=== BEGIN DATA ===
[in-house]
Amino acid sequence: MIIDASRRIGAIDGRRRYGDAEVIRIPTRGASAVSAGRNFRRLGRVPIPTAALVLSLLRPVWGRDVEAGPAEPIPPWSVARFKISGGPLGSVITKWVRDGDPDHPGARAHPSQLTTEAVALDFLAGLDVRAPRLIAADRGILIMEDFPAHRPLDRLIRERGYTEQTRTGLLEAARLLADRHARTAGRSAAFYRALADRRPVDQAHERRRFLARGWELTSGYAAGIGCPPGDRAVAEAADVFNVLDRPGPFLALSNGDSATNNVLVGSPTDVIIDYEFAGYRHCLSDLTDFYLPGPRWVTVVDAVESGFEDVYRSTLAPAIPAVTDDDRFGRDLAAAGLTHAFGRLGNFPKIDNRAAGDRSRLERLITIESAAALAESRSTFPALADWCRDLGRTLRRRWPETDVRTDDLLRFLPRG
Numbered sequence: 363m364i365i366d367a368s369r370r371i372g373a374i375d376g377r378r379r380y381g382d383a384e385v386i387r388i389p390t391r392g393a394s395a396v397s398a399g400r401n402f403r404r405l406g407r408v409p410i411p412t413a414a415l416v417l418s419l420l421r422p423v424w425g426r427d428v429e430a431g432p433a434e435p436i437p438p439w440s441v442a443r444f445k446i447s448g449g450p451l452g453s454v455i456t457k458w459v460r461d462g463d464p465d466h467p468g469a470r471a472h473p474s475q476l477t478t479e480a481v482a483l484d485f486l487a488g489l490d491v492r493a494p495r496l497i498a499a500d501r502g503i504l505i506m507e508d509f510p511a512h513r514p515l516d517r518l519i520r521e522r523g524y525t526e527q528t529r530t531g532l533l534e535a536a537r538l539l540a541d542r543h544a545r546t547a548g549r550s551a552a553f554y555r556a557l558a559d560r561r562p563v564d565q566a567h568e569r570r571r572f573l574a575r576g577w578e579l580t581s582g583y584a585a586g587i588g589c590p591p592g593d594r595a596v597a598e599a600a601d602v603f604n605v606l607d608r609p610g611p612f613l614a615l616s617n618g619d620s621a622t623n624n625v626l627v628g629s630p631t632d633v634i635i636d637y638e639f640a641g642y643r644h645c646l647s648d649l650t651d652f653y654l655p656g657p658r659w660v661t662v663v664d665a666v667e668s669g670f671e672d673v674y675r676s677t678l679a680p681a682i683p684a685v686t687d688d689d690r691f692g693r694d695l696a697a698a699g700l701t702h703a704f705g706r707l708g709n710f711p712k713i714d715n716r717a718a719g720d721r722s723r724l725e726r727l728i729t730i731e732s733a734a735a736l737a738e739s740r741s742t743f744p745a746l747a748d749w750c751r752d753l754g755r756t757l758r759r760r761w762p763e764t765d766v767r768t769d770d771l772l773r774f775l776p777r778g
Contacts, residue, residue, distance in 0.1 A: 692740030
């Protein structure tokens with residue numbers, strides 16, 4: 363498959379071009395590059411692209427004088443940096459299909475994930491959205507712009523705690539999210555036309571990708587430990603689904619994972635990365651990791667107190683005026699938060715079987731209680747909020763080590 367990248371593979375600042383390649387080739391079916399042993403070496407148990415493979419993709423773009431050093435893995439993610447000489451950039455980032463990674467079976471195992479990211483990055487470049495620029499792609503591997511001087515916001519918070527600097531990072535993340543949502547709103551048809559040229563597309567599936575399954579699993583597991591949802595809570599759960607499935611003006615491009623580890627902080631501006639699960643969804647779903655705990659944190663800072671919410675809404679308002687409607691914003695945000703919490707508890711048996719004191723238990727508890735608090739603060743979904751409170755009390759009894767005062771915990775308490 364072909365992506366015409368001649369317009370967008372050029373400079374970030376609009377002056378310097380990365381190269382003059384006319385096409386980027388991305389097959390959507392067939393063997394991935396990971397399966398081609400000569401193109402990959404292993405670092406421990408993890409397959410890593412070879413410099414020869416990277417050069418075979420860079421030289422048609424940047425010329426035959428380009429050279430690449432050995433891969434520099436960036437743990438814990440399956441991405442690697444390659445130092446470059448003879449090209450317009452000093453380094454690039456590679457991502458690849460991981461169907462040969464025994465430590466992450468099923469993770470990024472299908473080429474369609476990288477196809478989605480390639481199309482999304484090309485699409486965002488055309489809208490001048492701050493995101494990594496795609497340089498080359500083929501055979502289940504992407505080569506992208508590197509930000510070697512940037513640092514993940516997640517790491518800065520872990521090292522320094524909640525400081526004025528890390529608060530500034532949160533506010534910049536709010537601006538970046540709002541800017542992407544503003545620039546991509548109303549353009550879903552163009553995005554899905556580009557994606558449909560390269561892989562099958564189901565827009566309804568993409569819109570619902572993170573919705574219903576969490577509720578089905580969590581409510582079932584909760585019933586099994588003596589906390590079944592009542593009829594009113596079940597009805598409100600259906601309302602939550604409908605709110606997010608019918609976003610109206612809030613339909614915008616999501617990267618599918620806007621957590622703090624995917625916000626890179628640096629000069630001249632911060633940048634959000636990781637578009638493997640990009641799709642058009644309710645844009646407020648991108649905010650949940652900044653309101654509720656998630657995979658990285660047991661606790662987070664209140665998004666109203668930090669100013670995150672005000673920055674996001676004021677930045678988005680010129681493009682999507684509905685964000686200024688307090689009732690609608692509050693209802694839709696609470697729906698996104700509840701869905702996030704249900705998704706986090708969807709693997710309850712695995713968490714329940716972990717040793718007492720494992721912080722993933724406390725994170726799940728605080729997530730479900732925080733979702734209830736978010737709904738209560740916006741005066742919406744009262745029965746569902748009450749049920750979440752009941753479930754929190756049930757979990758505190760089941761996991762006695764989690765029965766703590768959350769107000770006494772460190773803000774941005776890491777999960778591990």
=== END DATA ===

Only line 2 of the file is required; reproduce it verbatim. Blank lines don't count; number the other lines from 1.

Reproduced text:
Amino acid sequence: MIIDASRRIGAIDGRRRYGDAEVIRIPTRGASAVSAGRNFRRLGRVPIPTAALVLSLLRPVWGRDVEAGPAEPIPPWSVARFKISGGPLGSVITKWVRDGDPDHPGARAHPSQLTTEAVALDFLAGLDVRAPRLIAADRGILIMEDFPAHRPLDRLIRERGYTEQTRTGLLEAARLLADRHARTAGRSAAFYRALADRRPVDQAHERRRFLARGWELTSGYAAGIGCPPGDRAVAEAADVFNVLDRPGPFLALSNGDSATNNVLVGSPTDVIIDYEFAGYRHCLSDLTDFYLPGPRWVTVVDAVESGFEDVYRSTLAPAIPAVTDDDRFGRDLAAAGLTHAFGRLGNFPKIDNRAAGDRSRLERLITIESAAALAESRSTFPALADWCRDLGRTLRRRWPETDVRTDDLLRFLPRG